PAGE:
There's no charge for the SQL Data Sync service itself. However, you still collect data transfer charges for data movement in and out of your SQL Database instance. For more info, see SQL Database pricing.
What regions support Data Sync
SQL Data Sync is available in all regions.
Is a SQL Database account required
Yes. You must have a SQL Database account to host the Hub Database.
Can I use Data Sync to sync between SQL Server on-premises databases only
Not directly. You can sync between SQL Server on-premises databases indirectly, however, by creating a Hub database in Azure, and then adding the on-premises databases to the sync group.
Can I use Data Sync to sync between SQL Databases that belong to different subscriptions
Yes. You can sync between SQL Databases that belong to resource groups owned by different subscriptions.
- If the subscriptions belong to the same tenant, and you have permission to all subscriptions, you can configure the sync group in the Azure portal.
- Otherwise, you have to use PowerShell to add the sync members that belong to different subscriptions.
Can I use Data Sync to sync between SQL Databases that belong to different clouds (like Azure Public Cloud and Azure China 21Vianet)
Yes. You can sync between SQL Databases that belong to different clouds, you have to use PowerShell to add the sync members that belong to the different subscriptions.
Can I use Data Sync to seed data from my production database to an empty database, and then sync them
Yes. Create the schema manually in the new database by scripting it from the original. After you create the schema, add the tables to a sync group to copy the data and keep it synced.
Should I use SQL Data Sync to back up and restore my databases
It isn't recommended to use SQL Data Sync to create a backup of your data. You can't back up and restore to a specific point in time because SQL Data Sync synchronizations are not versioned. Furthermore, SQL Data Sync does not back up other SQL objects, such as stored procedures, and doesn't do the equivalent of a restore operation quickly.
For one recommended backup technique, see Copy an Azure SQL database.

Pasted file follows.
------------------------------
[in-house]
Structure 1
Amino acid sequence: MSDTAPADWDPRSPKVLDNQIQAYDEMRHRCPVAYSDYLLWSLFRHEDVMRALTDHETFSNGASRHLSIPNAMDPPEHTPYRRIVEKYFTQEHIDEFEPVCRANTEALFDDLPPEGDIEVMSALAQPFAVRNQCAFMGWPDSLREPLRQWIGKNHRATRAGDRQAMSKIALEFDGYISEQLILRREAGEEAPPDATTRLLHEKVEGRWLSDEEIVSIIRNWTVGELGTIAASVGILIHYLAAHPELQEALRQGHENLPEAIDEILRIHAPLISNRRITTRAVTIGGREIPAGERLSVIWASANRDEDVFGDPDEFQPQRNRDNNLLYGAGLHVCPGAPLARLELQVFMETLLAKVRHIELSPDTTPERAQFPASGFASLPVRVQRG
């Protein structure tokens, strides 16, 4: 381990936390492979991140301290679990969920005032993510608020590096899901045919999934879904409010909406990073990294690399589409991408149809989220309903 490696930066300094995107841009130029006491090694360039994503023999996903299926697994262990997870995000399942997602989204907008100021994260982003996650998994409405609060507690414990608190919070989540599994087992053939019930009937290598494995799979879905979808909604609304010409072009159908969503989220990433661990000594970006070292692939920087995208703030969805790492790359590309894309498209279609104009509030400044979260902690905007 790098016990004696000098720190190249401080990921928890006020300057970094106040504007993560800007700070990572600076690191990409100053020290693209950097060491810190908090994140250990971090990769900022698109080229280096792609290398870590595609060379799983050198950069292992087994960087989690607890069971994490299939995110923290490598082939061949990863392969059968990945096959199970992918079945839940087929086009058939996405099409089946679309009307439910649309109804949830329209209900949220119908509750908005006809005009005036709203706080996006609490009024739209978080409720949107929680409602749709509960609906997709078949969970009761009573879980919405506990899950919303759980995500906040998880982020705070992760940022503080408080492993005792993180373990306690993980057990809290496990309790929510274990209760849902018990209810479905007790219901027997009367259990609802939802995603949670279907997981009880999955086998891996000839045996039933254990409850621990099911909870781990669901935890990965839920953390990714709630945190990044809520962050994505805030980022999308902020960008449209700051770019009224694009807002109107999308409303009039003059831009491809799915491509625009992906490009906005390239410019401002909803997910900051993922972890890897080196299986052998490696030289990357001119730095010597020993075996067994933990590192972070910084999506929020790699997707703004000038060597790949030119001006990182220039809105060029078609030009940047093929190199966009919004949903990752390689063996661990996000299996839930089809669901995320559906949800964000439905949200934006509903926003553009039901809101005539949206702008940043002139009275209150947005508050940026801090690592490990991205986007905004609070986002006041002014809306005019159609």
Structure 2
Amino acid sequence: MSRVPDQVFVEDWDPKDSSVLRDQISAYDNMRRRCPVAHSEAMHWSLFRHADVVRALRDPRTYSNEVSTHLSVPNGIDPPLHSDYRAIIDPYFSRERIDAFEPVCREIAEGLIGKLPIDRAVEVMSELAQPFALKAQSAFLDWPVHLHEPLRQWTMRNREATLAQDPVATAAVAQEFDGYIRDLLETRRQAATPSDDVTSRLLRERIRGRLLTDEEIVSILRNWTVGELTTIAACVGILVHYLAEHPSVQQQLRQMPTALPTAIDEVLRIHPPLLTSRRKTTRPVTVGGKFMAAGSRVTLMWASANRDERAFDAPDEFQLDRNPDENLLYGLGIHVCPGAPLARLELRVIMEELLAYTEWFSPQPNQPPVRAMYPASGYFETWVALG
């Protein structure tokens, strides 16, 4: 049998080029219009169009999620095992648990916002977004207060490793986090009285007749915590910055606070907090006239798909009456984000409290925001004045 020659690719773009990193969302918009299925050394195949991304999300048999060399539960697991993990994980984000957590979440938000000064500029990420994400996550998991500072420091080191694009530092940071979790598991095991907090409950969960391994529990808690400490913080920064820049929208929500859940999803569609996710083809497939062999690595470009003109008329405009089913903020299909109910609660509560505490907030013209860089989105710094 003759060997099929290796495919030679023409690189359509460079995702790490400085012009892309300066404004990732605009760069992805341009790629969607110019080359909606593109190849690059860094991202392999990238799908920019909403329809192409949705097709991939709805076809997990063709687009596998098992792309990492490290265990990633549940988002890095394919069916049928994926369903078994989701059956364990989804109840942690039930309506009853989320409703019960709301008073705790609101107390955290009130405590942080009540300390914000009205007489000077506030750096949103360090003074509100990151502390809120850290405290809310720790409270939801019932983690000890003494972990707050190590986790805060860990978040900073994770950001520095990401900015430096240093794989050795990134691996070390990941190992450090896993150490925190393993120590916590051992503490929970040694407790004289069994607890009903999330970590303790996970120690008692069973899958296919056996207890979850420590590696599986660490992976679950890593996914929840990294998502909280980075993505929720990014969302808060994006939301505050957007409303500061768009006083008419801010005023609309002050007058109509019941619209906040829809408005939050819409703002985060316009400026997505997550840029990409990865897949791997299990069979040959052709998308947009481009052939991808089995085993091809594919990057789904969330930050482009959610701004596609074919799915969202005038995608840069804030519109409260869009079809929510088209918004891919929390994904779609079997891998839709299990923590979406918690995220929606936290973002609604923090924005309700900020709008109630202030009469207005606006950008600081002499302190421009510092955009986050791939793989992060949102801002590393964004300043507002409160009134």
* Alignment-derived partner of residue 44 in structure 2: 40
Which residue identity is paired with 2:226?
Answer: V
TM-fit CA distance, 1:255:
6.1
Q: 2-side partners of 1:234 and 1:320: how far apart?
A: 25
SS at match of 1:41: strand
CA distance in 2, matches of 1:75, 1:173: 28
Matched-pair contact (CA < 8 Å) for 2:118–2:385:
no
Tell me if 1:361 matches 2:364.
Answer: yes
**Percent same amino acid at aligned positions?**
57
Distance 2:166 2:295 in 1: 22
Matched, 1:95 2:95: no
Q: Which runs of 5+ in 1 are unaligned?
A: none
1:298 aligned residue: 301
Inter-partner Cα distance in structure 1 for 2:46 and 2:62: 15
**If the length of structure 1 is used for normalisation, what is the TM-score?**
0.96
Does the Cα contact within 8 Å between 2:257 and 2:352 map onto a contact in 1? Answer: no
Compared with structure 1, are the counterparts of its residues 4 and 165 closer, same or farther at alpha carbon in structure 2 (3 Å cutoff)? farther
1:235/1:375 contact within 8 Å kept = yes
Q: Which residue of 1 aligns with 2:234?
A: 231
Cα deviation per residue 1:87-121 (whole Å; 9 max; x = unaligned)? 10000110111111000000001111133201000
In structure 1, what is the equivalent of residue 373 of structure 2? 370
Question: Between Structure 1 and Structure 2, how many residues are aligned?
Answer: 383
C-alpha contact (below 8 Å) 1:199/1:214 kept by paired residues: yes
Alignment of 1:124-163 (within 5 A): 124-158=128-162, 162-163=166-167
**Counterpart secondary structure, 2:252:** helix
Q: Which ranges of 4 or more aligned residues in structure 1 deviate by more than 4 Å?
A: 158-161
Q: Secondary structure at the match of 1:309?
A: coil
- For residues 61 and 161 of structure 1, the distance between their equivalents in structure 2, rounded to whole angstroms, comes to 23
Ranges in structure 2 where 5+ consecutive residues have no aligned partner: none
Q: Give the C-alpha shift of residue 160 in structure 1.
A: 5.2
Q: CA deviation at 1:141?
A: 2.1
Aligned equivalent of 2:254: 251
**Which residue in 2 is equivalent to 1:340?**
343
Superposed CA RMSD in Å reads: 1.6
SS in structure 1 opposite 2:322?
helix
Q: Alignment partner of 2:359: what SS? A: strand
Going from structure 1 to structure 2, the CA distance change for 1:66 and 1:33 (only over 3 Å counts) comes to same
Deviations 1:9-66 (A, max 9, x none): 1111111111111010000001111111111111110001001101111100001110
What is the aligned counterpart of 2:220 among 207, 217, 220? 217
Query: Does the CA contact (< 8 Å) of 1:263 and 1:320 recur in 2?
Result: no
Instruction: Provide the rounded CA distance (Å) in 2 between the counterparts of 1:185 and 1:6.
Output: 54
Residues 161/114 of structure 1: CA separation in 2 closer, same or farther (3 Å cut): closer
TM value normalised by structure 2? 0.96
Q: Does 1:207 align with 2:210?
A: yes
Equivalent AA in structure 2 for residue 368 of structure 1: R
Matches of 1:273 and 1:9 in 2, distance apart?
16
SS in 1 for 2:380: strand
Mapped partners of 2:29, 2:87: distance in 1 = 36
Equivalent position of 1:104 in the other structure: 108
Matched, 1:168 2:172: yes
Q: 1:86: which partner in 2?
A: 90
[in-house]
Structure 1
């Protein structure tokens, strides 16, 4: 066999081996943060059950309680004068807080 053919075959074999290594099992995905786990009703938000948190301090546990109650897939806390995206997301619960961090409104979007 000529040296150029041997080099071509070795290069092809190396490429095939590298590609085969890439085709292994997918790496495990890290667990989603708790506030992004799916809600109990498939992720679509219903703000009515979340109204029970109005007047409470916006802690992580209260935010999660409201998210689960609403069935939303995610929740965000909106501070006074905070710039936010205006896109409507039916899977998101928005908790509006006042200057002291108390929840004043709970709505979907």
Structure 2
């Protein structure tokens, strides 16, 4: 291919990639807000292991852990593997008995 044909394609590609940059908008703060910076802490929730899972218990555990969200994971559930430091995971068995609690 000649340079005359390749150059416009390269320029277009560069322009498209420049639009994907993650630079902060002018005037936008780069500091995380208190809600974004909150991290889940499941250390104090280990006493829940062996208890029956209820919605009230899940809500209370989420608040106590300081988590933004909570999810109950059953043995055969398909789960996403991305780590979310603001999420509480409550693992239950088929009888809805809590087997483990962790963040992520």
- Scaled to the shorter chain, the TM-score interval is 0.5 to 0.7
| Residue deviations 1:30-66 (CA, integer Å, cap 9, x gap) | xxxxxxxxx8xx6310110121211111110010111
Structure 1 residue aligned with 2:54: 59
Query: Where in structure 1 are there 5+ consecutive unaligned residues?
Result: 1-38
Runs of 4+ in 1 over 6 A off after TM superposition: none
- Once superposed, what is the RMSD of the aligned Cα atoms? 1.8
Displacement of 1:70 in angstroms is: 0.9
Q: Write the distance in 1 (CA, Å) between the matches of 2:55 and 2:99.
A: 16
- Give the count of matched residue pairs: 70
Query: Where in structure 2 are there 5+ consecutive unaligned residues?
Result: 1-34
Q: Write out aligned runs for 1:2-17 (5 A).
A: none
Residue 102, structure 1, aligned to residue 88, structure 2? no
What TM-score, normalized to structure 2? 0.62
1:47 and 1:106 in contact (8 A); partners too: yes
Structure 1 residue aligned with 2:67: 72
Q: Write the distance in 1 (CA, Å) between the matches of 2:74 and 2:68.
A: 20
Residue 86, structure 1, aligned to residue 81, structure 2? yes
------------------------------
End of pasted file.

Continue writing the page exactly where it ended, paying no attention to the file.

Can Data Sync sync encrypted tables and columns
- If a database uses Always Encrypted, you can sync only the tables and columns that are not encrypted. You can't sync the encrypted columns, because Data Sync can't decrypt the data.
- If a column uses Column-Level Encryption (CLE), you can sync the column, as long as the row size is less than the maximum size of 24 Mb. Data Sync treats the column encrypted by key (CLE) as normal binary data. To decrypt the data on other sync members, you need to have the same certificate.
Is collation supported in SQL Data Sync
Yes. SQL Data Sync supports collation in the following scenarios:
- If the selected sync schema tables aren't already in your hub or member databases, then when you deploy the sync group, the service automatically creates the corresponding tables and columns with the collation settings selected in the empty destination databases.
- If the tables to be synced already exist in both your hub and member databases, SQL Data Sync requires that the primary key columns have the same collation between hub and member databases to successfully deploy the sync group. There are no collation restrictions on columns other than the primary key columns.
Is federation supported in SQL Data Sync
Federation Root Database can be used in the SQL Data Sync Service without any limitation. You can't add the Federated Database endpoint to the current version of SQL Data Sync.
Update the schema of a synced database
Do you have to update the schema of a database in a sync group? Schema changes aren't automatically replicated. For some solutions, see the following articles:
- Automate the replication of schema changes with SQL Data Sync in Azure
- Use PowerShell to update the sync schema in an existing sync group
Monitor and troubleshoot
Is SQL Data Sync doing as expected? To monitor activity and troubleshoot issues, see the following articles:
Learn more about Azure SQL Database
For more info about Azure SQL Database, see the following articles: